Clothing Guide


Although some more modern pieces (from the 1980s onwards) can be similar in terms of sizing, as a rule, it’s always wise to disregard whatever size is stated on the label of a vintage piece as it’s unlikely to correspond with current sizing structures.

We will always provide you with an estimate of modern size on our pieces though the importance of checking measurements can’t be stressed enough as we’re all different shapes and sizes.001

Though not foolproof, the best way to assess if an item will fit you is to take our measurements and compare them to a similar item that you know fits you well.  In theory, if they match up, hey presto, it should fit!

Items are always laid flat and fastened when measurements are being taken and as a rule of thumb, this is how we work them out:

Chest = underarm to underarm doubled.  Remember that this is a flat measurement in inches and not the actual size.  In men’s clothing for example, something which measures 44 inches laid flat, won’t necessarily be a size 44 as you’ll need to take account for the depth of the chest.

Length = nape to bottom hem i.e. the point where the lining of a garment joins the outer fabric just inside the neckline, to the very edge of longest point of the item.

Sleeve length = generally both the outer and under sleeve lengths are included.  From armpit to cuff is relatively straightforward.  The shoulder to cuff measurement will be taken from the shoulder seam if there is one, or from the ‘point’ of the shoulder, that being the spot where the shoulder drops into the sleeve.

Waist = width across the narrowest point of the garment at waist level doubled.

Hips = width across the widest point of the garment at hip level doubled.  Though all garments, and indeed, all figures are different, this is generally around 6 – 8 inches below the waist.

Do grab a cuppa and browse through the items we currently have for sale and if you need any other details, just ask!

Vintage Clothing Care

We’re all so accustomed to throwing anything we’ve worn into the washing machine, it’s easy to slip up and do the same with vintage.  Vintage pieces are often made from fabrics that are no longer manufactured and many have a much higher percentage of natural fibres making them prone to damage when exposed to the heat and efficiency of modern washing machines.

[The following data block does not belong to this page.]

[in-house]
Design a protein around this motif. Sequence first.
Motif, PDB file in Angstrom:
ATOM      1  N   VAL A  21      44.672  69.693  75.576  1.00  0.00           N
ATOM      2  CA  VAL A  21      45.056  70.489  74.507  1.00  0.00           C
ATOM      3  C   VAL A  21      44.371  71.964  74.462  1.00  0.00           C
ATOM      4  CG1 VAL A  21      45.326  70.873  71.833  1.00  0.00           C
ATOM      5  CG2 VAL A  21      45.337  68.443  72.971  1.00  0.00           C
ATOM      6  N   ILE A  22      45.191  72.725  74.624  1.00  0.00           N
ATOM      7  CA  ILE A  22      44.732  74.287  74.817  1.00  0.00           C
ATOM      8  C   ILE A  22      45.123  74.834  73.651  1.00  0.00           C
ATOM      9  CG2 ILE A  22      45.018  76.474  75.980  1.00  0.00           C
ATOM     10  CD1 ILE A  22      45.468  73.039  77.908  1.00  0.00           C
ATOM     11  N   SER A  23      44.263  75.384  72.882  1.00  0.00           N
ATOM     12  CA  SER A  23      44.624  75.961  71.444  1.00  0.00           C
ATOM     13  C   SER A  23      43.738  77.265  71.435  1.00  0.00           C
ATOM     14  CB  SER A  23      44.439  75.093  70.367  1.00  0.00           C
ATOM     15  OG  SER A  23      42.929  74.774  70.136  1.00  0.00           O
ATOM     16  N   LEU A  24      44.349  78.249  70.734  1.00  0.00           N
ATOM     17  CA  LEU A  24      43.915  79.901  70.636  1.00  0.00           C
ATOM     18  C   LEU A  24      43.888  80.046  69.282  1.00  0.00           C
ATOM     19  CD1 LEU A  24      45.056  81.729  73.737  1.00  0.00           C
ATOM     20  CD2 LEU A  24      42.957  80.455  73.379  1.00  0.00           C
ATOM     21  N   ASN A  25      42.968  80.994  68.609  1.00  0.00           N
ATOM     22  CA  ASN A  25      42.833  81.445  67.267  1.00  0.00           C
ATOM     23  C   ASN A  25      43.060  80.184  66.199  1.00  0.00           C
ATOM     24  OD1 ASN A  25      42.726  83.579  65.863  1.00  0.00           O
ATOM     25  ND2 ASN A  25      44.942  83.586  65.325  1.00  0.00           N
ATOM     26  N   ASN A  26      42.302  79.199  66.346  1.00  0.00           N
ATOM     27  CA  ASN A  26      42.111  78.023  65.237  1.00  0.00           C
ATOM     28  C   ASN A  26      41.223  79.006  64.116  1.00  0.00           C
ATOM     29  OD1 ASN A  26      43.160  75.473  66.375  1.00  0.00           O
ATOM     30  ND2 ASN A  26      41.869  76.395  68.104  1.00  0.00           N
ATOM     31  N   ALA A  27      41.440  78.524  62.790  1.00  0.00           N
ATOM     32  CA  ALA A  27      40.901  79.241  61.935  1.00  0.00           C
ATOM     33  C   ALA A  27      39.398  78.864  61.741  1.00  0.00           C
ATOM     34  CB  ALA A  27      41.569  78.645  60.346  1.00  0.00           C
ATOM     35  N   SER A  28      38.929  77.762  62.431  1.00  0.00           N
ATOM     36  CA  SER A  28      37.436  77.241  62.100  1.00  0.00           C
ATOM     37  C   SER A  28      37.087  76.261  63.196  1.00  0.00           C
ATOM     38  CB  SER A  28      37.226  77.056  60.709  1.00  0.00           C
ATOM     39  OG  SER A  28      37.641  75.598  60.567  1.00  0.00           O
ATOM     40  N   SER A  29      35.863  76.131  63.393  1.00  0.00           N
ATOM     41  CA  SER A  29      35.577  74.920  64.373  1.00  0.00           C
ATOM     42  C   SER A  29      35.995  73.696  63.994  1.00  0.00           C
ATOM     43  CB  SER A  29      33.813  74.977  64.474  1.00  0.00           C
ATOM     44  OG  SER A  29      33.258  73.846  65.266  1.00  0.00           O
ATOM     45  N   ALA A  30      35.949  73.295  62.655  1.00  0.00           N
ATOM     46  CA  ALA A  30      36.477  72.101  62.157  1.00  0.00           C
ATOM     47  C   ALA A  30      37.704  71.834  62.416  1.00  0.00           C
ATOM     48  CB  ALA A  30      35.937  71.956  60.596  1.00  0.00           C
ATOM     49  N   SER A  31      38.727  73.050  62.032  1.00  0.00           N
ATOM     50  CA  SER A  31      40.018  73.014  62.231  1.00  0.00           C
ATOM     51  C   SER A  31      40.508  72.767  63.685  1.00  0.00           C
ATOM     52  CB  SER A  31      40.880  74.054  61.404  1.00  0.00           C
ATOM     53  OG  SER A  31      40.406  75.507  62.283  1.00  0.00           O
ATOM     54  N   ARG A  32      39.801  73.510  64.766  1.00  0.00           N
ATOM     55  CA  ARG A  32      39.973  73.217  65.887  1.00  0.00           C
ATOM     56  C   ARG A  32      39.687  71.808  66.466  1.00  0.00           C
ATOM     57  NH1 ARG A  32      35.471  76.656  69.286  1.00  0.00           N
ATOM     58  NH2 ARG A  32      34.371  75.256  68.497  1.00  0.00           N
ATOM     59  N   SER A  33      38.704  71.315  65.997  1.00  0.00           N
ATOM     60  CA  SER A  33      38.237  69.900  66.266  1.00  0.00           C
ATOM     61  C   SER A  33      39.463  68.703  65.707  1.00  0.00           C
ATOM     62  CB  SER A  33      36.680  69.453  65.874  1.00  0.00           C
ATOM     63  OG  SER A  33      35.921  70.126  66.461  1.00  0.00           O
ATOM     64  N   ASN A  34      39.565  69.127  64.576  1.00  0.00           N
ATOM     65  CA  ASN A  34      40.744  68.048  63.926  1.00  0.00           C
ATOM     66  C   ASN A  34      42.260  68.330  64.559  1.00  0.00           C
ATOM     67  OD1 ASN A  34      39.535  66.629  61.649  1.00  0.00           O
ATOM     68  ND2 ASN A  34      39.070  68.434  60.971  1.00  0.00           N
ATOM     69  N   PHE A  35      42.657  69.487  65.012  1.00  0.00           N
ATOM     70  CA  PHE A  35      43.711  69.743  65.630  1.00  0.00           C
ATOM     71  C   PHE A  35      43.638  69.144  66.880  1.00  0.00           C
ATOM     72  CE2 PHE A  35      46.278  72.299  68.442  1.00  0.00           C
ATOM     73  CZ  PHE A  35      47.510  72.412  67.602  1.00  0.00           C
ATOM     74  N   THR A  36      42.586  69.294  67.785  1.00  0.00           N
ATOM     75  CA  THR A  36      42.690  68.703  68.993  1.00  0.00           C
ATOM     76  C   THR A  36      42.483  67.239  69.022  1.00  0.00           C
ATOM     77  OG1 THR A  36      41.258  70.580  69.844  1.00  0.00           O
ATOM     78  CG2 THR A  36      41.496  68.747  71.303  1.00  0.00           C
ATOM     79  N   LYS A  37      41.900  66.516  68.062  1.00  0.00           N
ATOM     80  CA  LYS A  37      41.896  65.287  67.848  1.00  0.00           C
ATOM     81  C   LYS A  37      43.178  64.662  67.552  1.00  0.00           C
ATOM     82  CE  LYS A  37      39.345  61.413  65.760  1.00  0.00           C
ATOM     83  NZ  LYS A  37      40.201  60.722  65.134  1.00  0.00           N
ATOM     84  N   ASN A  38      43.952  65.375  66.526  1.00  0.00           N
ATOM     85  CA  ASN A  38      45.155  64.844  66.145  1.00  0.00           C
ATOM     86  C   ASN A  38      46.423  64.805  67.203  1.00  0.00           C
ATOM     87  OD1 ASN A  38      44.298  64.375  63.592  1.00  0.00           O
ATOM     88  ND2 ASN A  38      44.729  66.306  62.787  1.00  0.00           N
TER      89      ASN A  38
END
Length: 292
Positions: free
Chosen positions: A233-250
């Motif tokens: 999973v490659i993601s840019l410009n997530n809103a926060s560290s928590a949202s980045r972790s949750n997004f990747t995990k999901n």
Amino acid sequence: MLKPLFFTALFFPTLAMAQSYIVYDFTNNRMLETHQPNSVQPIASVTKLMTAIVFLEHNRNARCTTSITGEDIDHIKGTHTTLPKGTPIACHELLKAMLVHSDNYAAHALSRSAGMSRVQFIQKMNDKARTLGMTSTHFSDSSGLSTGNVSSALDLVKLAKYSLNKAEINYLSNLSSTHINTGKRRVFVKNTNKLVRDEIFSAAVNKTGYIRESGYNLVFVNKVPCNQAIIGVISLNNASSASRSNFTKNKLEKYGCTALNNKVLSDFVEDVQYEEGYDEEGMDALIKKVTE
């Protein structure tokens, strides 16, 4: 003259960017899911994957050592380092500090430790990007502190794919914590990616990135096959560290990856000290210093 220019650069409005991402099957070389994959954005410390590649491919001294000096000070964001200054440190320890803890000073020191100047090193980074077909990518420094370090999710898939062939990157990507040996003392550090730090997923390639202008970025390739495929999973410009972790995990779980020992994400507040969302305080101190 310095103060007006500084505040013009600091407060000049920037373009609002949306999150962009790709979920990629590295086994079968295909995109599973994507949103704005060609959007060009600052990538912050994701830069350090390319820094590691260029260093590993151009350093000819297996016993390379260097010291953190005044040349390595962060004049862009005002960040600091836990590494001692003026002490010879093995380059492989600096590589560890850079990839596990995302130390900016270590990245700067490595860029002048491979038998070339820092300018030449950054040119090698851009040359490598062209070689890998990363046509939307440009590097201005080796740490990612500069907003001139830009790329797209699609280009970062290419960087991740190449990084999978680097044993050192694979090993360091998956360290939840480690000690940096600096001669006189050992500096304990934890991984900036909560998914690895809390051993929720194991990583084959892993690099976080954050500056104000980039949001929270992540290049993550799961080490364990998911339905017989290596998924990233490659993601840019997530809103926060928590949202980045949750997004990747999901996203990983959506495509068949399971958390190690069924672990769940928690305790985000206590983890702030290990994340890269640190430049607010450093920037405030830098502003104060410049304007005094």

No need to panic though, not every vintage piece needs hand washing or dry cleaning.  Yes, we’ve had some disasters but if you remember a few simple rules, you’ll be able to successfully clean your vintage items.


Firstly, if it’s an expensive piece and you absolutely adore it, don’t risk it!  For the sake of a few pounds to dry clean it, don’t tempt the naughty shrinking gremlins in the machine, take it to your local dry cleaning store.  You may be asked to sign a disclaimer absolving the store from any responsibility should the item get damaged in the cleaning process.  Though this is a standard request, you’ll be bound by it so if you have any doubts, walk away.  We’ve had many items dry cleaned and have signed the disclaimer every time and never had a piece return damaged.

The higher the wool and cotton content, the higher the risk of machine washing.  We don’t machine wash any pure wool items and err on the side of caution with cotton.  After all, hand washing really isn’t too bad and if you put some umph into it, you can count it as the same amount of exercise as a session at the gym and have a chocolate biscuit afterwards as a reward!

In the late 1950s and into the 1960s, there was a huge focus on ‘easy’ fabrics which needed little or no ironing.  Clothing manufacturers achieved this by creating garments in man made fibres and this is great news for us.  On the whole, if you have a garment which is made from 100% polyester, crimplene, nylon or similar, it’s going to machine wash like a dream.  There’s still reason to be cautious though and on the first occasion at least, we’d recommend putting it through a 30 degree hand wash with a gentle spin and then allow it to dry naturally.

We’ve never put any of my vintage items in a tumble dryer.  The suspense of how it would emerge, and what size it would be is simply too much.  It could be that with man made fabrics, the results would be just fine but why risk it when natural drying is every bit as easy?

Don’t be put off purchasing lovely vintage pieces for fear of how to clean them.  As long as you have a basic understanding of how fabrics could potentially react to different circumstances and use your common sense, you’ll be absolutely fine.  If you’re unsure or nervous, get it dry cleaned or just put up with it’s faults.  After all, if you love vintage, you’re not necessarily seeking that perfect, brand new look.